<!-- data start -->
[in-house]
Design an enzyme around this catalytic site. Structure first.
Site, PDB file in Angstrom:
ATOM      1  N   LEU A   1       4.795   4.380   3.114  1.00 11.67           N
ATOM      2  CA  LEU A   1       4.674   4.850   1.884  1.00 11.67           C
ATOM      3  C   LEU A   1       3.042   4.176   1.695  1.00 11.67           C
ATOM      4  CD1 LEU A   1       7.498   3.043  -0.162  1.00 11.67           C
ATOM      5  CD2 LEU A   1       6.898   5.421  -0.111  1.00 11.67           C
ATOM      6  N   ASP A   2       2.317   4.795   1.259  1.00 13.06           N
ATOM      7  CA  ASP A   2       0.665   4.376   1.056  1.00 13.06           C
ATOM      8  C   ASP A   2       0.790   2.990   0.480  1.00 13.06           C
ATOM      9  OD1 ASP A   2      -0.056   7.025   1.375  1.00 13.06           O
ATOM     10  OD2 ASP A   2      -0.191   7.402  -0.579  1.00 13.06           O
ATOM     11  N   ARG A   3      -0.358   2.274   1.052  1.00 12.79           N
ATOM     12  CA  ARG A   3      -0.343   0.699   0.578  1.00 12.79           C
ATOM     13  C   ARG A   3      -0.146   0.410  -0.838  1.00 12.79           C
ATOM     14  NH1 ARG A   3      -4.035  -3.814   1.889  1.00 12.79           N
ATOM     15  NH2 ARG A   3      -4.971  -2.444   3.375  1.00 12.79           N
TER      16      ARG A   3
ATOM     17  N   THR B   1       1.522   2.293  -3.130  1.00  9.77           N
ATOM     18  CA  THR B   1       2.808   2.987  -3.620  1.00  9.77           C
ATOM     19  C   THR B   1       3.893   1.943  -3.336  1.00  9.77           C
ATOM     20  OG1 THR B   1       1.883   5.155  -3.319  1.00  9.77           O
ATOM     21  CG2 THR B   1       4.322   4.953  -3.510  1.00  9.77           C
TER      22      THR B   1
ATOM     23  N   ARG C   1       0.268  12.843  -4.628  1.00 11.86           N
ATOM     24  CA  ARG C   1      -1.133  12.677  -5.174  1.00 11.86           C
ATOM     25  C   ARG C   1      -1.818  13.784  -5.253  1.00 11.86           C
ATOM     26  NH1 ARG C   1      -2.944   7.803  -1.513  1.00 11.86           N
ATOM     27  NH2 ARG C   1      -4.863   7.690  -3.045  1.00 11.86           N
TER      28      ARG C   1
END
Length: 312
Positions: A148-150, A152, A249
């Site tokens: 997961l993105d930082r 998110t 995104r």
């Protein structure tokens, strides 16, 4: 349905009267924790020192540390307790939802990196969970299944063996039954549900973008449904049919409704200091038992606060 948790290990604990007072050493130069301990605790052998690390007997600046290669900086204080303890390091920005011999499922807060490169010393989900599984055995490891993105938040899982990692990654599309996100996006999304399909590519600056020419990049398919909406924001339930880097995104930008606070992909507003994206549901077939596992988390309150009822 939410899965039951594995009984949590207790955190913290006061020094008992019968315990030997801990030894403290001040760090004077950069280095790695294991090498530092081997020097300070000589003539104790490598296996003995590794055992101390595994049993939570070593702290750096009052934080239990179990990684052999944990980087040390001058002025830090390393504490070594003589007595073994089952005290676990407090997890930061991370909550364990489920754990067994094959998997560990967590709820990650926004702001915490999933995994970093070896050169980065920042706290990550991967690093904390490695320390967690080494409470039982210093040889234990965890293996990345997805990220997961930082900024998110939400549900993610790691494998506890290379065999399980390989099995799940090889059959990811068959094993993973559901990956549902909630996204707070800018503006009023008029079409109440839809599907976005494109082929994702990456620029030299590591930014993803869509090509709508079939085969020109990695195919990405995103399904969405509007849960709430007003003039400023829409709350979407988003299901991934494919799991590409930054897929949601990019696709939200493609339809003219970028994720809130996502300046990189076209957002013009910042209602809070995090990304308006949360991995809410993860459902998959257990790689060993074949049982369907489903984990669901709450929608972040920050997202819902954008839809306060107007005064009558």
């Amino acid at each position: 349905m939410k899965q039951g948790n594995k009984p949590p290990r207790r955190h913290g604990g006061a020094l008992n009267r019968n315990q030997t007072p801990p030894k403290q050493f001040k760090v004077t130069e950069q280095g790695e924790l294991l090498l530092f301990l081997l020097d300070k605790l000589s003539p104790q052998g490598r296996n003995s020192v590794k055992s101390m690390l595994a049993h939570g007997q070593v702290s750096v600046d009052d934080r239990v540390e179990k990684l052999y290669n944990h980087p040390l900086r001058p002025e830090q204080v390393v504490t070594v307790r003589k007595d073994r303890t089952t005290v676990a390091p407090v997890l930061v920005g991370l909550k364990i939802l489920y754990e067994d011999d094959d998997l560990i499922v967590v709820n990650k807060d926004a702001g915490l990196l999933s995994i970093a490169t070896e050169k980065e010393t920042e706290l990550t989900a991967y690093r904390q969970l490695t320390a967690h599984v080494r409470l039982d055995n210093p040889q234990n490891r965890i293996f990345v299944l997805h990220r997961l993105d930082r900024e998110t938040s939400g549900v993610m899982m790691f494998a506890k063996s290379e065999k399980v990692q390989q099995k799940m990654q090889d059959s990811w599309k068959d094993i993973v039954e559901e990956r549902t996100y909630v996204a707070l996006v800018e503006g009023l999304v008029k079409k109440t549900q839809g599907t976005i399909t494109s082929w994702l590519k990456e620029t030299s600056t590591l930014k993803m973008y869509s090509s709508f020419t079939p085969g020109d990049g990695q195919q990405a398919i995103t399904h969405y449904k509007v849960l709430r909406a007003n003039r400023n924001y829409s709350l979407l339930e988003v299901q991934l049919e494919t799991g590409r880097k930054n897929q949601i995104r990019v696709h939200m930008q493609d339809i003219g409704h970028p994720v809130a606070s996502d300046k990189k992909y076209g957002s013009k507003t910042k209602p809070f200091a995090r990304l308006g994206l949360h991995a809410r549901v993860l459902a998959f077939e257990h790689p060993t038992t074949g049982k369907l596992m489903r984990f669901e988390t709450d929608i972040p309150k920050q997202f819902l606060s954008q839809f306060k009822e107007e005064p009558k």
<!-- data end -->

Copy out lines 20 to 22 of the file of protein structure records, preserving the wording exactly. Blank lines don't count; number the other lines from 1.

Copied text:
ATOM     17  N   THR B   1       1.522   2.293  -3.130  1.00  9.77           N
ATOM     18  CA  THR B   1       2.808   2.987  -3.620  1.00  9.77           C
ATOM     19  C   THR B   1       3.893   1.943  -3.336  1.00  9.77           C